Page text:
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WI City Girl Reconnects with Her Rural Roots

PHOTO: Andrea Clemens made the transition from arranging flowers in a floral shop, to growing and selling her own. Photo courtesy of Clemens.
PHOTO: Andrea Clemens made the transition from arranging flowers in a floral shop, to growing and selling her own. Photo courtesy of Clemens.
November 28, 2012

WHITEWATER, Wis. - Five years ago, Andrea Clemens was a city girl, working in a flower shop in Milwaukee. Now, she grows and sells her own flowers as a business, near Whitewater. Clemens is one of the new generation of farmers who didn't grow up on a farm or inherit land from her parents. Instead, she says, her company, "Love Light Floral Design," started with help from the Michael Fields Agricultural Institute in East Troy.

"I signed up and got accepted into their internship program in 2005. It was just a really great experience: it helped me get reconnected back to the land after being in the city."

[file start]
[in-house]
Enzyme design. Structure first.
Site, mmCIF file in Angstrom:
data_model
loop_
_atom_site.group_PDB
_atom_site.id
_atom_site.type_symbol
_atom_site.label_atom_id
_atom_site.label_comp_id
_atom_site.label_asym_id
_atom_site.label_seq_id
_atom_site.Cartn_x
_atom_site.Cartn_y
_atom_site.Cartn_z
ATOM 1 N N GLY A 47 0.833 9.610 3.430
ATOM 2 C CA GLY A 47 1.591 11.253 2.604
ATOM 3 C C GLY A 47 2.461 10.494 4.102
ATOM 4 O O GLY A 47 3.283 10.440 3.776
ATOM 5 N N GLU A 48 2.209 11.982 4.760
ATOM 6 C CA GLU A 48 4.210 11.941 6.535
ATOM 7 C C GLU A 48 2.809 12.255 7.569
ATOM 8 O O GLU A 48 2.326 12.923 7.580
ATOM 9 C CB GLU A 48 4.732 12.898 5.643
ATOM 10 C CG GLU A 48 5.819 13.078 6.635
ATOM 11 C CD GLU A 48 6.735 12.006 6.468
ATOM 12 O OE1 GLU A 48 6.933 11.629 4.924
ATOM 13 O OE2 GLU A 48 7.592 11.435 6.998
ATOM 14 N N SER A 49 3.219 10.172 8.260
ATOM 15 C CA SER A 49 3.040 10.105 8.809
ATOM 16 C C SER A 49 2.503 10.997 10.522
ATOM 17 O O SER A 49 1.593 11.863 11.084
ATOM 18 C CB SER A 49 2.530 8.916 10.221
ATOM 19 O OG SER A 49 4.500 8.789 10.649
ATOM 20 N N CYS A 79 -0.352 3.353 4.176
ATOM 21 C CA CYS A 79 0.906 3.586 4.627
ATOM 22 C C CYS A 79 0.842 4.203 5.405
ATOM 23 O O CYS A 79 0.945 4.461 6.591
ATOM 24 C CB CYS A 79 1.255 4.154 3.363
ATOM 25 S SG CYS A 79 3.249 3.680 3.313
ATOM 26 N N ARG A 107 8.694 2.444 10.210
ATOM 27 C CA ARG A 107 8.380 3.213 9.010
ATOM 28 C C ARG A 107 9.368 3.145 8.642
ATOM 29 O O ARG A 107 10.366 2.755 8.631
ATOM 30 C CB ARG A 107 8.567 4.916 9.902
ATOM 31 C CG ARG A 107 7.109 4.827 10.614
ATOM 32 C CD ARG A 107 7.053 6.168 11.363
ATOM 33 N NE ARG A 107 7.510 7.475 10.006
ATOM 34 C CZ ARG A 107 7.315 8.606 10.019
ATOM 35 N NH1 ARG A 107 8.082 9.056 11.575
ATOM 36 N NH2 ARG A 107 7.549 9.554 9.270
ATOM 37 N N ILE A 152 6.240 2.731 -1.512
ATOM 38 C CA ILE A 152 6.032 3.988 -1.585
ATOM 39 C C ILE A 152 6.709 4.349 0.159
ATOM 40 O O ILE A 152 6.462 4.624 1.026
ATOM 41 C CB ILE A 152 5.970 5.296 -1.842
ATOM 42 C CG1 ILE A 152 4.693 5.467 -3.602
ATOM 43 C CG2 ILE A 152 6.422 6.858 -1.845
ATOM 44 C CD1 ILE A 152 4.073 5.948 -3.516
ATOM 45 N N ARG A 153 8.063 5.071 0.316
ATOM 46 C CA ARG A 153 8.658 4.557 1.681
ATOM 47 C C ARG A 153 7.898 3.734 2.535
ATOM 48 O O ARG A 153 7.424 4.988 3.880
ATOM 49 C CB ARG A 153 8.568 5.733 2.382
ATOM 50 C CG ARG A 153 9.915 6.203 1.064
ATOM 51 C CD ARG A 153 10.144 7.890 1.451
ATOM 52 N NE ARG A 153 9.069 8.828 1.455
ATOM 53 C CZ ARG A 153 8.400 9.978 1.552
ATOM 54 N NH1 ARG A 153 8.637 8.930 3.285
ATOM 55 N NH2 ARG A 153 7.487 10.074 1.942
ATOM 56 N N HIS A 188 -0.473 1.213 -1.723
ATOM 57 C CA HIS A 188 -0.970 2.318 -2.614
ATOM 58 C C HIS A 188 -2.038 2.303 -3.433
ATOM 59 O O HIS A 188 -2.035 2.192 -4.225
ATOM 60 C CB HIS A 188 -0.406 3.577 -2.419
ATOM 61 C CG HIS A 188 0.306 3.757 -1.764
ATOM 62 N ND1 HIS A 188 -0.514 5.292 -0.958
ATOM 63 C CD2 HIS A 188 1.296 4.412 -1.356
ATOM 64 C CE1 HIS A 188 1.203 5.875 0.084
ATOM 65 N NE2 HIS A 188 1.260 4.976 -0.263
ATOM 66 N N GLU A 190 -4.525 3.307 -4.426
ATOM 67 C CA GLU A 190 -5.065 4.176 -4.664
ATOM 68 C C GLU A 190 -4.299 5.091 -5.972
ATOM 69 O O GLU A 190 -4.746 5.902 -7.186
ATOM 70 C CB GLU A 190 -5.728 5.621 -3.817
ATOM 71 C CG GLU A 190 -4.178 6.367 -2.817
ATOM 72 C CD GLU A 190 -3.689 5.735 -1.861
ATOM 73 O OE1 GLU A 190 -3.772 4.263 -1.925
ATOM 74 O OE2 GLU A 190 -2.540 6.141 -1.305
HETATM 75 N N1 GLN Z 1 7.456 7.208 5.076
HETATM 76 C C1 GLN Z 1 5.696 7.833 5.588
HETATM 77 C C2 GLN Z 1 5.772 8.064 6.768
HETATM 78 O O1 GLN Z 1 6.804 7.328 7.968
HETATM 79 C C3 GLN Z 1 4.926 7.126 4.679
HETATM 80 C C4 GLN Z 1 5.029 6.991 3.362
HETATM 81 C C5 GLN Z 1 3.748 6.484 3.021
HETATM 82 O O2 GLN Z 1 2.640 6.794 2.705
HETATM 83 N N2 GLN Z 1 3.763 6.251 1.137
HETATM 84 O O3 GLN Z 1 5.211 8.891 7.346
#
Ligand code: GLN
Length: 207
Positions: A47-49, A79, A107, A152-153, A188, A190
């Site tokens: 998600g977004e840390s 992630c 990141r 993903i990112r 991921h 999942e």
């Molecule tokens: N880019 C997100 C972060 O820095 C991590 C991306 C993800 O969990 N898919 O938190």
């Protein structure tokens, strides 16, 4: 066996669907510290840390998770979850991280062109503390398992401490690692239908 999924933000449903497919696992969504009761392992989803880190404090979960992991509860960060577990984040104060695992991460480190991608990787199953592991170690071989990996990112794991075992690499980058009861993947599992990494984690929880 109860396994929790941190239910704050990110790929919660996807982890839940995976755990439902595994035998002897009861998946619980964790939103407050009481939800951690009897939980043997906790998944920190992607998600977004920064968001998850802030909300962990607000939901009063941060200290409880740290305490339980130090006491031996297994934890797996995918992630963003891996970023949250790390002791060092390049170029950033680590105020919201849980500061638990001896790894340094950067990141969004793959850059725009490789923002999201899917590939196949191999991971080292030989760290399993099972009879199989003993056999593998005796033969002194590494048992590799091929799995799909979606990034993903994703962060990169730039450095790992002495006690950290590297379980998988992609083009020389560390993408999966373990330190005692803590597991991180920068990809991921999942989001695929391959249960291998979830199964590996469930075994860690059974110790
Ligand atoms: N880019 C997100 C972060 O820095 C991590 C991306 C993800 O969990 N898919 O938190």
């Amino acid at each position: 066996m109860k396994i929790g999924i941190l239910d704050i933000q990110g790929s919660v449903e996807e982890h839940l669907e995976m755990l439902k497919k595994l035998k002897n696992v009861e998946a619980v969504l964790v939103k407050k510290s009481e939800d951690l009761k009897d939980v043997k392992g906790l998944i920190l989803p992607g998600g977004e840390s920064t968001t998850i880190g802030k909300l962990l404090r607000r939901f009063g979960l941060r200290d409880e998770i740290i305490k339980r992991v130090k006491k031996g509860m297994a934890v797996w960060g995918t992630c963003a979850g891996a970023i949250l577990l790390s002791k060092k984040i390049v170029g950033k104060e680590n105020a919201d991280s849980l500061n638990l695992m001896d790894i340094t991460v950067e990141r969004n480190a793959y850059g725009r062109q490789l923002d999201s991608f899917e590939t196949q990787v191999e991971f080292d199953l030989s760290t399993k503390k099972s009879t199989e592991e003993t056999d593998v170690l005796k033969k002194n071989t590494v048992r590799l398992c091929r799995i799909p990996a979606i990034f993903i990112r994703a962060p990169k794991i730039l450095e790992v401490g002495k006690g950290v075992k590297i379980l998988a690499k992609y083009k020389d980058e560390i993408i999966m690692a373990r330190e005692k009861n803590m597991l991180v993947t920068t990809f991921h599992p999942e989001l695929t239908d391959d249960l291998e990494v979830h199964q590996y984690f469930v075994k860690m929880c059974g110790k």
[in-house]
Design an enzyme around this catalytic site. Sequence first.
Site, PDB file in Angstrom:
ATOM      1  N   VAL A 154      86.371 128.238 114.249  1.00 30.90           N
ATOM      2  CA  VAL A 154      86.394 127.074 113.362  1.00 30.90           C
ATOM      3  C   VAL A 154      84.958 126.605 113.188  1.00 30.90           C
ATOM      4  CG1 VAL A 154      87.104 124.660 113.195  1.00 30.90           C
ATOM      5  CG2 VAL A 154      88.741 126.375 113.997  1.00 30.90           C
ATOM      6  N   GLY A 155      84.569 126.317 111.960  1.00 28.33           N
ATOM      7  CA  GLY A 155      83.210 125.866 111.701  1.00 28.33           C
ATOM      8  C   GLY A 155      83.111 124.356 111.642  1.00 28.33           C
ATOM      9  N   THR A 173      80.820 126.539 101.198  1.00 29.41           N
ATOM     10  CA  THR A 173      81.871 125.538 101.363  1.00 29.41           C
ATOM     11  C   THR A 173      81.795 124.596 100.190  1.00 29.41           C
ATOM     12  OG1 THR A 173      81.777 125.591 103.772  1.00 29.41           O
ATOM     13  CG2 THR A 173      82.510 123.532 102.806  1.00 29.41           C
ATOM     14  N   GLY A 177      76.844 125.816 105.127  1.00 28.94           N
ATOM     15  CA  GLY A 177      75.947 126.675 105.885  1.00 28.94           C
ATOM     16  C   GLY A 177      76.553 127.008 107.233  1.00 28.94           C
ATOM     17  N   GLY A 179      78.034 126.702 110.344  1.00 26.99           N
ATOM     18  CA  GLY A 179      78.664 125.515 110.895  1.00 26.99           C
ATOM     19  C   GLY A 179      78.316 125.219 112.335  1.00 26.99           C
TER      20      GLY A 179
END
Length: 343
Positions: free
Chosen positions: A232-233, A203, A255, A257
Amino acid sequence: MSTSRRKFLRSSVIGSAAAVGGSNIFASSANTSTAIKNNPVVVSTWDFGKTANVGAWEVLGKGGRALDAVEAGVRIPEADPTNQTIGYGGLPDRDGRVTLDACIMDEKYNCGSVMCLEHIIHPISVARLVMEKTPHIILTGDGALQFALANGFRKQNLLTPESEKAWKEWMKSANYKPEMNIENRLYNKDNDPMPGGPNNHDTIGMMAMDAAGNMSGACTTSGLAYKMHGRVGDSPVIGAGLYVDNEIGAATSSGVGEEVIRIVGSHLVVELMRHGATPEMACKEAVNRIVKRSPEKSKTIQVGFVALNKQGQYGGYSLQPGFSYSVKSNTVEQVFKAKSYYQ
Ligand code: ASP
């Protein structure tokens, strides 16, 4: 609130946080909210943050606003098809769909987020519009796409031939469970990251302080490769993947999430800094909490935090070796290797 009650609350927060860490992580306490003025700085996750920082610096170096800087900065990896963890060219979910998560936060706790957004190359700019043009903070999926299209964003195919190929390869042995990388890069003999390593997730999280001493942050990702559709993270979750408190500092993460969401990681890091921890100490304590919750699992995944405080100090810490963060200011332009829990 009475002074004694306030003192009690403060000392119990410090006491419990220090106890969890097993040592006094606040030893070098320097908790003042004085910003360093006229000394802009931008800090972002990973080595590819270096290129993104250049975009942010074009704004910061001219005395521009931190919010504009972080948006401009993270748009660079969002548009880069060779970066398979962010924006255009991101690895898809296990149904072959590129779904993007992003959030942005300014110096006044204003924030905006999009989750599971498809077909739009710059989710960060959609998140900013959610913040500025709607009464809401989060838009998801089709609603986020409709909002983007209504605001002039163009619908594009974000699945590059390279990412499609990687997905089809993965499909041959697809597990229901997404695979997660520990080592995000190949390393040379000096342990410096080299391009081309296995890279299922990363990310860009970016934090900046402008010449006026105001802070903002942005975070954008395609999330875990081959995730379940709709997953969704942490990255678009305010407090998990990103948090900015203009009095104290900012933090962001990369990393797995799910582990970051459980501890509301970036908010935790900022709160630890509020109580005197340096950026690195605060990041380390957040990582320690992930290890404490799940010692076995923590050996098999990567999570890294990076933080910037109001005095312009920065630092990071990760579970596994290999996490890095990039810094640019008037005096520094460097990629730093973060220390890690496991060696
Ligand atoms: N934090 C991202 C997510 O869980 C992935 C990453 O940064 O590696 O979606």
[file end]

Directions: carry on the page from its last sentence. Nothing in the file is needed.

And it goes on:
Today, Clemens grows more than a hundred varieties of flowers, sells them to a variety of clients in the area, and runs a floral CSA where her members get 12 weeks of fresh flowers in season. She says she still takes courses and attends workshops at the Fields Institute.

"With the Michael Fields program, it really opened me up to all the possibilities of everything that can be grown locally, all the fruits and vegetables, culinary herbs, cut flowers: and I still do participate in workshops there."

Whole Farm Workshops, like the ones Andrea attended, are a collaboration of the Fields Institute, Angelic Organics Learning Center, and Prairie Crossing.

The workshops are funded in part by the USDA Beginning Farmer Program, which is on hold right now because Congress has failed to pass a Farm Bill. Clemens says the program is what helps her and others connect to the earth, and to their own business goals.

"Whether you want to learn about milking goats or making cheese, or growing flowers or starting your own vegetable garden, or CSA, or just other value-added products, they have all different options in these workshops."

Clemens says most people don't realize the majority of flowers sold in the U.S. come from foreign countries such as Colombia or Ecuador. She says running her own sustainable agriculture operation is hard work, but for her, it's also a dream come true.

More about the Institute at MichaelFields.org.

Tim Morrissey, Public News Service - WI